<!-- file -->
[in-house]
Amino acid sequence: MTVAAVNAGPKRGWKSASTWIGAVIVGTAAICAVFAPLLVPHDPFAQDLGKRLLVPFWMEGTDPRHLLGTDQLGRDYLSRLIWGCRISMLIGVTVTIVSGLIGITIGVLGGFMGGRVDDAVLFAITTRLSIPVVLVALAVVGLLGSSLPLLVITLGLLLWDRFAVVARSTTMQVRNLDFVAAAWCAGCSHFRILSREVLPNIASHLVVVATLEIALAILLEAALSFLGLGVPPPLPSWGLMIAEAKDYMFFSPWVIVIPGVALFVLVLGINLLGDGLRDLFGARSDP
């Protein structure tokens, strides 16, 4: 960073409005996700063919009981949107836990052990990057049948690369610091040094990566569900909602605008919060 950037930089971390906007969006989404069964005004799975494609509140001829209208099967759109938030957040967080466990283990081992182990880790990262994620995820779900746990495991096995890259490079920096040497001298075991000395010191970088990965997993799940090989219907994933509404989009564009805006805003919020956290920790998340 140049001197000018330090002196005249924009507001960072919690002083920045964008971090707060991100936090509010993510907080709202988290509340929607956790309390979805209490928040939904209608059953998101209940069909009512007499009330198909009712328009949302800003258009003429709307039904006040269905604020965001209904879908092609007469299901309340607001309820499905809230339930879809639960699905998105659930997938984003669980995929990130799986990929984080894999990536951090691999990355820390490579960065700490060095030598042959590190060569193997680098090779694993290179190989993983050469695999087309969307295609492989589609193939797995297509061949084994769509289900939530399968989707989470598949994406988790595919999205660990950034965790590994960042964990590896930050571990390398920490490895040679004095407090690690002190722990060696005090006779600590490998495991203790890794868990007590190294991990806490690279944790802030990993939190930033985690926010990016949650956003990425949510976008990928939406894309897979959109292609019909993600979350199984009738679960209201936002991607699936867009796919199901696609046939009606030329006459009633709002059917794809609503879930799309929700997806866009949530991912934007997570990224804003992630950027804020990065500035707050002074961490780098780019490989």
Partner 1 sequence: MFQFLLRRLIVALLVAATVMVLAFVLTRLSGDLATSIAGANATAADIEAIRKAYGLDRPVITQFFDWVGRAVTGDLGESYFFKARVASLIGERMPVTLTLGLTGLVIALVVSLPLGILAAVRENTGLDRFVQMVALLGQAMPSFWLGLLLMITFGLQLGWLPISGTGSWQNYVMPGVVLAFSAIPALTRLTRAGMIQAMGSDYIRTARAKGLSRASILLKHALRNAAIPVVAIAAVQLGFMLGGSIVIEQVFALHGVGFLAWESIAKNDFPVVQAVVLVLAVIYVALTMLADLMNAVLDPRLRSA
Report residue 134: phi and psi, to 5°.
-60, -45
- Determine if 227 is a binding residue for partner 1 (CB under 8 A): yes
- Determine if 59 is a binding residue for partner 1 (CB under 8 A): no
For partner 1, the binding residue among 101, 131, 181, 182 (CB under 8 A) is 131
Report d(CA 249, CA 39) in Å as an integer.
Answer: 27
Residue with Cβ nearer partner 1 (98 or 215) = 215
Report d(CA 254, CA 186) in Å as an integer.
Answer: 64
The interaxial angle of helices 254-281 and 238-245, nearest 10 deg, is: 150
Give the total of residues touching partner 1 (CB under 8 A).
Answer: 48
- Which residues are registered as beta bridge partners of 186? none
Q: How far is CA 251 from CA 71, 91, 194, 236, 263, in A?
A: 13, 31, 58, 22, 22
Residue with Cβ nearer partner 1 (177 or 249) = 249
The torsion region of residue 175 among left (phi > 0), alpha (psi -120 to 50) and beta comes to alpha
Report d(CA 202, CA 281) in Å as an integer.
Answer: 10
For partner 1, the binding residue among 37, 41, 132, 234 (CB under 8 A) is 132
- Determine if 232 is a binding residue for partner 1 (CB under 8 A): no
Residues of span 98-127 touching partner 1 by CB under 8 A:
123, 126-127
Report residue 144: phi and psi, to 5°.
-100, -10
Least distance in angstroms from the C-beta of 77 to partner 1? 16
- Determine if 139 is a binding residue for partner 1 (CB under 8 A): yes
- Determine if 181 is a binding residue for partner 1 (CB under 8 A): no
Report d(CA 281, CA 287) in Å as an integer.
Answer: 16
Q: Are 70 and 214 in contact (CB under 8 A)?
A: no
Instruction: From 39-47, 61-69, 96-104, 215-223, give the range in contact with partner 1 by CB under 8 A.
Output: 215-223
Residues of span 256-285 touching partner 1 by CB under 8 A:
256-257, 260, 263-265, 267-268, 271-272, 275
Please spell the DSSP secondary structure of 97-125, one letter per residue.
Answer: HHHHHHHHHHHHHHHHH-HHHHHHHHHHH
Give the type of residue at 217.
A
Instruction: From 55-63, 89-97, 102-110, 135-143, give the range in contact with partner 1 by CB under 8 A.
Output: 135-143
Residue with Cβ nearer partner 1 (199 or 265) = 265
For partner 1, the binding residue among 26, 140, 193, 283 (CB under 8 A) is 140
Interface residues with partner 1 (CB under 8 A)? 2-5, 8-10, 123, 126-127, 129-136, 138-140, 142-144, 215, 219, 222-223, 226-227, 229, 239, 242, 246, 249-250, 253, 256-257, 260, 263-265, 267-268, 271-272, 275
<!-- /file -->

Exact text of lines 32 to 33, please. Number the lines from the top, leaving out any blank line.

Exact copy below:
- Determine if 139 is a binding residue for partner 1 (CB under 8 A): yes
- Determine if 181 is a binding residue for partner 1 (CB under 8 A): no